The White House has responded again to spitfire rapper Nicki Minaj's claim that she was invited there to discuss COVID-19 vaccines.
On Thursday, Biden administration officials doubled down by saying they had only "an early-stage call" with Minaj to answer her questions about vaccine safety.
Minaj, who made tidal waves this week with tweets expressing her doubts about COVID vaccines, told a different story Wednesday.
"Do y'all think I would go on the internet and lie about being invited to the f—ing White House? Like what? Do you guys see what is happening right now?" Minaj said in a 14-minute Instagram Live video.
Nonetheless, the matter made its way to a White House press briefing Thursday, where Press Secretary Jen Psaki was asked to address the discrepancy between the administration's account and the rapper's.
"We don't see this as a point of tension or disagreement. I want you all to know that we engage all the time with people who have big public platforms or profiles," Psaki said.
"We offered a call with Nicki Minaj and one of our doctors to answer questions she had about the safety and effectiveness of the vaccine. This is pretty standard and something we do all the time," she added. "We're not even at the point of discussing the mechanism or the formats or anything along those lines. It was simply an offer to have a conversation and an early-stage call."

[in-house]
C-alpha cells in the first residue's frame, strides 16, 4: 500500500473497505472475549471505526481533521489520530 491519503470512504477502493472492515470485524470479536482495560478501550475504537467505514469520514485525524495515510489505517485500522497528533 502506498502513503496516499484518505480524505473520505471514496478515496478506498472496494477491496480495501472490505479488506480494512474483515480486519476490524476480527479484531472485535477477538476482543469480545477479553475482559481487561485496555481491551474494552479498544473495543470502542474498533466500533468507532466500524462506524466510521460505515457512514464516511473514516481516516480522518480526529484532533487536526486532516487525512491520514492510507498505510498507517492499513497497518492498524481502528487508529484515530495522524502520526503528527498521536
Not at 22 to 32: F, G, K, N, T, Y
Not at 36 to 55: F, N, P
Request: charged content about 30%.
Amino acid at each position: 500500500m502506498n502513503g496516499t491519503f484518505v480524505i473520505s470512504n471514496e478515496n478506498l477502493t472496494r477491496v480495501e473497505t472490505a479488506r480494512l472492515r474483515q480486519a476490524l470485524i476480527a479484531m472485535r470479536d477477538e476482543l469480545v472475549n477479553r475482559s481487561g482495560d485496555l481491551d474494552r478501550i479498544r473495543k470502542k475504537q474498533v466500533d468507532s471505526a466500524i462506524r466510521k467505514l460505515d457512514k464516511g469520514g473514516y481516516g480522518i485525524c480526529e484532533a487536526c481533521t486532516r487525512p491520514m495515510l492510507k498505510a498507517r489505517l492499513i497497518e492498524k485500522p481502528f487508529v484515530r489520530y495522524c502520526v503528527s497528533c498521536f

Psaki said she hoped that people who have a platform as large as Minaj's would "project accurate information" about the effectiveness, safety and availability of the vaccine.
"At the same time, and both can be true, we also recognize that people have questions out there," she said. "In our outreach to celebrities, it follows a pretty standard process: Officials who are working on these issues engage in regular conversations, offer to answer questions — offer to do that privately sometimes, sometimes it's done publicly."
On social media Wednesday, Minaj shifted the narrative away from the ridicule of her cousin's friend's swollen testicles story and instead waded deep into race relations and real questions she had about healthcare. The "Super Bass" artist accused her critics of trying to "assassinate" her character.